When Granville Austin came to India in the early 1960s to write a history of its constitutional founding, research was hard. Jawaharlal Nehru helped him gain access to materials, Rajendra Prasad and K.M. Munshi shared their private papers, the law ministry worked to uncover documents and in 1966, Austin delivered on his promise. What he produced — The Indian Constitution: Cornerstone of a Nation — was and remains the most meticulous and carefully constructed account of the constitution-making process between 1946 and 1949. Three decades later, Austin, an “independent scholar” in Washington, returned with another book, Working a Democratic Constitution: A History of the Indian Experience. The second began where the first had ended, offering a remarkable narrative history of Indian constitutional development. Both works made the man, who was awarded a Padma Shri in 2011 and died earlier this week at the age of 87, the pre-eminent chronicler of India’s constitutional journey.
When Austin began his first book, little had been written about the post-1947 Indian constitution-making process. Constitutional histories typically stopped with the coming of independence and, unsurprisingly, Cornerstone became an instant classic. From reviews in the world’s leading magazines and law journals to citations by the Supreme Court, the book became the definitive reference point on India’s constitutional founding for scholars and lawyers alike. Steeped in archival material, it covered key decisions made by the Constituent Assembly, from the relationship between the Centre and states, to emergency powers, to the nation’s official language. Through unpacking the various negotiating positions and their resolution, Austin demonstrated that the debates were an intellectual resource that had received far less attention than they deserved. This is still a controversial argument, for many continue to suggest that the Constitution was a replica of the Government of India Act, 1935. While Austin challenged this view, his book couldn’t quite immortalise the Indian founding as a constitutional moment. In some ways, Cornerstone was a victim of its own detail, missing conceptual linkages with the broader currents of Indian intellectual history and the wider traditions of global constitutionalism.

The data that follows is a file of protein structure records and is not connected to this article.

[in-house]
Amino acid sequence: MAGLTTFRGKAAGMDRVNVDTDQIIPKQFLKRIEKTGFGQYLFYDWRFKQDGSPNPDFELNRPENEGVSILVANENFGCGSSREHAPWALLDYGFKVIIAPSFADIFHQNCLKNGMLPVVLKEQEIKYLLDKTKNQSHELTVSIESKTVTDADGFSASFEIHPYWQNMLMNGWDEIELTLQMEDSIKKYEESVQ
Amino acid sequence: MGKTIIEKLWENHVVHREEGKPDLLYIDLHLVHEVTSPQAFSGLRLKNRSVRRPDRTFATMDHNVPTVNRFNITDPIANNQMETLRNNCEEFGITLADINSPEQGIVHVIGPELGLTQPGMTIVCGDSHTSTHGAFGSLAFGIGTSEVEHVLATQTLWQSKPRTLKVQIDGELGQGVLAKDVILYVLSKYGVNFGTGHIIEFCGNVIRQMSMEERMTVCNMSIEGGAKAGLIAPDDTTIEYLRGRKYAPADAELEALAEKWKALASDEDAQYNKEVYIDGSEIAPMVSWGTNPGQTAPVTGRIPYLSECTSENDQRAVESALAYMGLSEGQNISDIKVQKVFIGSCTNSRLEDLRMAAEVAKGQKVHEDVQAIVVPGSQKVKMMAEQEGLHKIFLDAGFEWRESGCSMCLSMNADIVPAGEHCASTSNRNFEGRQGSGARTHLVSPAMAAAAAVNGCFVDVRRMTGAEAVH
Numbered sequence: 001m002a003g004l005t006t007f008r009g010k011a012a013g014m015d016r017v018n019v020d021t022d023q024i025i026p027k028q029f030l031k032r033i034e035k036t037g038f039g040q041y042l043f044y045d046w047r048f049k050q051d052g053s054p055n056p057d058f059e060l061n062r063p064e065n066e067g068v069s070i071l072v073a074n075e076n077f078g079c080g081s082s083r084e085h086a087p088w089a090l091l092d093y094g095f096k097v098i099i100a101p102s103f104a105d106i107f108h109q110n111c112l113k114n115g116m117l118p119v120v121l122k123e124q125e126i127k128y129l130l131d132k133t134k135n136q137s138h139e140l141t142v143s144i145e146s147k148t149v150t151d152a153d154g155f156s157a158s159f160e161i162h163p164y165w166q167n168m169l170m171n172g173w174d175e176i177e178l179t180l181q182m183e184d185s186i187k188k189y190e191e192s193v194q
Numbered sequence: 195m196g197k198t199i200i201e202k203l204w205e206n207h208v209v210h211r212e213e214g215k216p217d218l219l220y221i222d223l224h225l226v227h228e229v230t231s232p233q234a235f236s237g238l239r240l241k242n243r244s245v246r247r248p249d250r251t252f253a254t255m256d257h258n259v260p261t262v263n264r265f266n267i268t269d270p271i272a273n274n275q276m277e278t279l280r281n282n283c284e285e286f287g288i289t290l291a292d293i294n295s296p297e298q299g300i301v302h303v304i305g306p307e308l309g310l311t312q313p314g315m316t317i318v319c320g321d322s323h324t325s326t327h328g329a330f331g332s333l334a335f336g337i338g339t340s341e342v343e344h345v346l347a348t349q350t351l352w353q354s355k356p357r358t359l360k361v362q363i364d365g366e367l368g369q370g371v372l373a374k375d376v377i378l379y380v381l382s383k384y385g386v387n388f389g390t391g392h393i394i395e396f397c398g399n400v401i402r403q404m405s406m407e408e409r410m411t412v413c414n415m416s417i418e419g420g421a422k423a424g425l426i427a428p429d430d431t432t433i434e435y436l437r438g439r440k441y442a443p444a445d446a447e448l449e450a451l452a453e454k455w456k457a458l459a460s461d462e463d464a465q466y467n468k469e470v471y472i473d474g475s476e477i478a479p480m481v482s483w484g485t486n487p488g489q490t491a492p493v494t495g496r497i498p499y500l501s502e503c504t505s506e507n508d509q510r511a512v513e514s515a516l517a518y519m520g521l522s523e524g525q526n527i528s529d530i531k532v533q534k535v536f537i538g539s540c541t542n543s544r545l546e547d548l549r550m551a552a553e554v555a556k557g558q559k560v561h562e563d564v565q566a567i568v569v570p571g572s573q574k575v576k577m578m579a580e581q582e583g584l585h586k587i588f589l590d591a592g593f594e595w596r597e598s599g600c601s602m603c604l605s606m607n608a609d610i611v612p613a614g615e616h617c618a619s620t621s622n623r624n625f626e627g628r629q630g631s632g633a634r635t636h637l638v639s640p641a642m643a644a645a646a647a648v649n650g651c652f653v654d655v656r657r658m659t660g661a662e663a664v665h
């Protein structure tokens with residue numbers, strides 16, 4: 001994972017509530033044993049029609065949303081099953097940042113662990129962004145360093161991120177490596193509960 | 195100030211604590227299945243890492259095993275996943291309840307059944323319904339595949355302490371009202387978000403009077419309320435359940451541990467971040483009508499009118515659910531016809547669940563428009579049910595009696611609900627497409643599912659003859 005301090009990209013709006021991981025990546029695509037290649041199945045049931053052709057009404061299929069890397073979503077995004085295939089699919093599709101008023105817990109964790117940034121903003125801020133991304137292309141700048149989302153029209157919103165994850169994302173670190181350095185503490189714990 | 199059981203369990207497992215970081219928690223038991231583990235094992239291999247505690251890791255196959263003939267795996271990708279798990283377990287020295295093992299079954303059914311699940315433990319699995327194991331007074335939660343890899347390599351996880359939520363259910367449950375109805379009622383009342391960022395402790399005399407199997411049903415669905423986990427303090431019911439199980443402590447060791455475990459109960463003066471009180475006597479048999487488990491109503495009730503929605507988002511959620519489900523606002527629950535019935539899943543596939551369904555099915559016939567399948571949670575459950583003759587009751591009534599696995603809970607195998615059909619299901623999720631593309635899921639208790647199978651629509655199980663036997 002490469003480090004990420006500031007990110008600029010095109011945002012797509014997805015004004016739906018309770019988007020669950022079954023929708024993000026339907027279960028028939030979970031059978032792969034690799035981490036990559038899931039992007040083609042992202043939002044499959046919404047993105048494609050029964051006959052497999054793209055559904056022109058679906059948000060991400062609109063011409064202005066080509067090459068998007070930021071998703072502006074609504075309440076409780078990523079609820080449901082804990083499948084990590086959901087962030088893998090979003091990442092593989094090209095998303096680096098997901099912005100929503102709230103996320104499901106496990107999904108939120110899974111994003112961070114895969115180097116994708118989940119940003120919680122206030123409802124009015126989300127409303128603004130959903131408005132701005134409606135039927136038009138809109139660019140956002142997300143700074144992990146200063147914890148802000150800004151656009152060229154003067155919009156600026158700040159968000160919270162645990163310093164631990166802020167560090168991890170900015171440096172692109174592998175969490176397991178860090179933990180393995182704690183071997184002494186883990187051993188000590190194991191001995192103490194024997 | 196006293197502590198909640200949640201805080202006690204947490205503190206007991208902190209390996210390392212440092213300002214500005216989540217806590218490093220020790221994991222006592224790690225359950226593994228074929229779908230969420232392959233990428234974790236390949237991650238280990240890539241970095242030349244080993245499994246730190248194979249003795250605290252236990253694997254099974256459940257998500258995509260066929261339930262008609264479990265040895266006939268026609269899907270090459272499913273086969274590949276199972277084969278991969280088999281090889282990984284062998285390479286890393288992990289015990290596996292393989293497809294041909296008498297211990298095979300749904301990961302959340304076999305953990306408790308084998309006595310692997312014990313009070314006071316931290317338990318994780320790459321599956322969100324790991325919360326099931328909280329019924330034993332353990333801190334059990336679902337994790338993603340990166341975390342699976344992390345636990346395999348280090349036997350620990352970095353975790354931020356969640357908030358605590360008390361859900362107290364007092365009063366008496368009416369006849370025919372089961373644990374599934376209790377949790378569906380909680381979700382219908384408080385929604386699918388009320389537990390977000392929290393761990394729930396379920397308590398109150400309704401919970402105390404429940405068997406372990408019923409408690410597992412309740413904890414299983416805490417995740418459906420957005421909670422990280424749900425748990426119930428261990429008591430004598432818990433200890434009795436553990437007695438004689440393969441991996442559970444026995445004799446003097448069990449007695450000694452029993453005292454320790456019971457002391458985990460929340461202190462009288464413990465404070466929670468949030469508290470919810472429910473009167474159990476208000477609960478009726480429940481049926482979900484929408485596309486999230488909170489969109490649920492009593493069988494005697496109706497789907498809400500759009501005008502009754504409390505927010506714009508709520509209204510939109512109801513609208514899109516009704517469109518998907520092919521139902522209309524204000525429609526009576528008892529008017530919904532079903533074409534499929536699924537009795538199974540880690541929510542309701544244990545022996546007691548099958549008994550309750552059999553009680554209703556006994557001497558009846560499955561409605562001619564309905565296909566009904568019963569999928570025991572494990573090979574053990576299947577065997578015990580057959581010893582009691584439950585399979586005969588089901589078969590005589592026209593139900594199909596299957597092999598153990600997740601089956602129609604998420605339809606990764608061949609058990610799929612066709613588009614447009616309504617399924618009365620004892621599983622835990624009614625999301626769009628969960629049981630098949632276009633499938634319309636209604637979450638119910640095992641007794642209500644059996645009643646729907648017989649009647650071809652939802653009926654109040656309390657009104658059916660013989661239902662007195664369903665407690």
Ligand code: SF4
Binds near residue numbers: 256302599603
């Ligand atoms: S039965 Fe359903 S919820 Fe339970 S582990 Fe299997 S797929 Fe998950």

In Austin’s second project, he moved from history to practice. Working a Democratic Constitution placed the Constitution at the heart of India’s democratic story. There have only been a select few books, such as Ramachandra Guha’s India After Gandhi, that have managed to successfully find a way to tell the history of independent India. Austin must belong in that small category of victors. The focal point he offered was not political actors or economic transitions but instead constitutional development, and his book remains the only one to have embraced this methodological vision. Interviews, newspaper articles, private papers, parliamentary debates and judicial cases were deployed to cover themes such as land redistribution and the right to …continued »